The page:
The stars are in our belly; the Milky Way our umbilicus.
Is it a consolation that the stuff of which we’re made
is star-stuff too?
– That wherever you go you can never fully disappear –
dispersal only: carbon, hydrogen, nitrogen, oxygen.
Tree, rain, coal, glow-worm, horse, gnat, rock.
Friday, 17 June 2011
Radio 4's Poetry Workshop and 13-line sonnets
Last night we recorded the first one, where members of ExCite, the Exeter Poetry Society Stanza group, were the pioneers/guinea pigs. Lawrence Sail was co-hosting this one, and I was one of the four Westcountry poets to have a poem workshopped by Padel, Sail and an invited audience of about a dozen poets.
Our session had as its focus landscape poetry (and we aptly met in the C14th White Hart hotel, where W G Hoskins, he of the landscapes of the English countryside fame, used to drink); and opened with a poem by Alice Oswald, who lives near Totnes, which we all discussed.
My own poem was a 13-line sonnet (I call it the fibonacci sonnet form). The chosen poet wasn't allowed to speak about their own poem until after the feedback. It was an interesting process, and the poets were quick to see the areas in the poem that I was hesitant about myself, which confirmed the accuracy of my hesitation. I wasn't sure how many people realised it was a sonnet form I was using; but since hardly anyone (anyone?) writes in a 13-line sonnet form that wasn't all surprising.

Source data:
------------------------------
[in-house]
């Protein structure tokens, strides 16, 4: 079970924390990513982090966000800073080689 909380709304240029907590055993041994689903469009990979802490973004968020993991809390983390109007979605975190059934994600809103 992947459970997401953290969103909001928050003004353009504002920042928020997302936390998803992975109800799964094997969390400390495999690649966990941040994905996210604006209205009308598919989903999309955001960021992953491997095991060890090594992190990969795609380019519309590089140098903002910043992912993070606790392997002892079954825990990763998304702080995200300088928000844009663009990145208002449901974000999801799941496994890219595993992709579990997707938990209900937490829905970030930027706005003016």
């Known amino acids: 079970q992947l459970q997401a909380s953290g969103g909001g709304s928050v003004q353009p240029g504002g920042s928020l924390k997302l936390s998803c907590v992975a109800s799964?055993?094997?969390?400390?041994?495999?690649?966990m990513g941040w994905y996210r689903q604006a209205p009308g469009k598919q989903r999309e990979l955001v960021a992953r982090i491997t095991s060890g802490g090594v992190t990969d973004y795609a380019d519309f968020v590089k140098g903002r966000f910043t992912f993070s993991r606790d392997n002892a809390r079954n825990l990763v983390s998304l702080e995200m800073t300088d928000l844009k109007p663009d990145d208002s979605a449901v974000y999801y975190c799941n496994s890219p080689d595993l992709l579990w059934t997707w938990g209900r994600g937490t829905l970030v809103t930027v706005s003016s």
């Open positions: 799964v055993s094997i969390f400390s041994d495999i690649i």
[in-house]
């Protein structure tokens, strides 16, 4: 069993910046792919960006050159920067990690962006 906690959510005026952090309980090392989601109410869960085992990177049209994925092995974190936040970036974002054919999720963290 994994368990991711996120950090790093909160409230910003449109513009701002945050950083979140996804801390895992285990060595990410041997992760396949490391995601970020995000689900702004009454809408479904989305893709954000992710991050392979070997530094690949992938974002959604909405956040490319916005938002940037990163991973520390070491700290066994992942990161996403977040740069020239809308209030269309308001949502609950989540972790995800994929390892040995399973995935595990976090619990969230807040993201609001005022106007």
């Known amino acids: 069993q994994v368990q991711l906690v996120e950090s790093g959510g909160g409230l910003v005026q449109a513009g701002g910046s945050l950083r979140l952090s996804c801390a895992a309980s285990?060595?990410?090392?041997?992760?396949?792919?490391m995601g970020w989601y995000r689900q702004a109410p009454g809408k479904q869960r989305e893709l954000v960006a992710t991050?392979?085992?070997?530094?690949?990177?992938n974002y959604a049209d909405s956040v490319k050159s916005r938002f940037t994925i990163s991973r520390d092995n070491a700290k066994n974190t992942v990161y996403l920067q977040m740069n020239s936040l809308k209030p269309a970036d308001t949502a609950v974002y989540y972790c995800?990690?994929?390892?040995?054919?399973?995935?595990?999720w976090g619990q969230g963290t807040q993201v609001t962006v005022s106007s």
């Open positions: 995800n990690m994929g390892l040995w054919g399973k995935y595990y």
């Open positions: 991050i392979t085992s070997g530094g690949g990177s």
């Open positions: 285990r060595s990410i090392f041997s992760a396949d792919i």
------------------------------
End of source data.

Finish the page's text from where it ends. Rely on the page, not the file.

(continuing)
As I've assigned rights on that poem to R4, I can't reproduce it here yet, but I want to mention two brilliant essays on the sonnet by Don Paterson (including his thoughts on the 13-line sonnet, which I find very inspiring given my seduction by the Fibonacci sequence ['phi' in terms of its mathematical formula], and the sense that it underpins as a harmonious pattern so much more than we already know that it does, as in eg music, art, architecture, natural forms like pine cones, sunflower seed patterns, nautilus and snail shell spirals and so on and so on). One essay prefaces his 101 Sonnets, and the other is an afterword in his versions of Rilke's Orpheus. If you are interested in poetry and the relevance, at least in terms of knowing about it, the sonnet form, I can't recommend those erudite essays highly enough.
I'm not generally very keen on formal poetry, but there is something unique about the sonnet form, and something very dynamic and pleasing in the 13-line one with the usual volta after 8 lines, and the 5 rather than 6 lines in the second stanza corresponding so beautifully to the sequence.
Anyway, more about all that another time.
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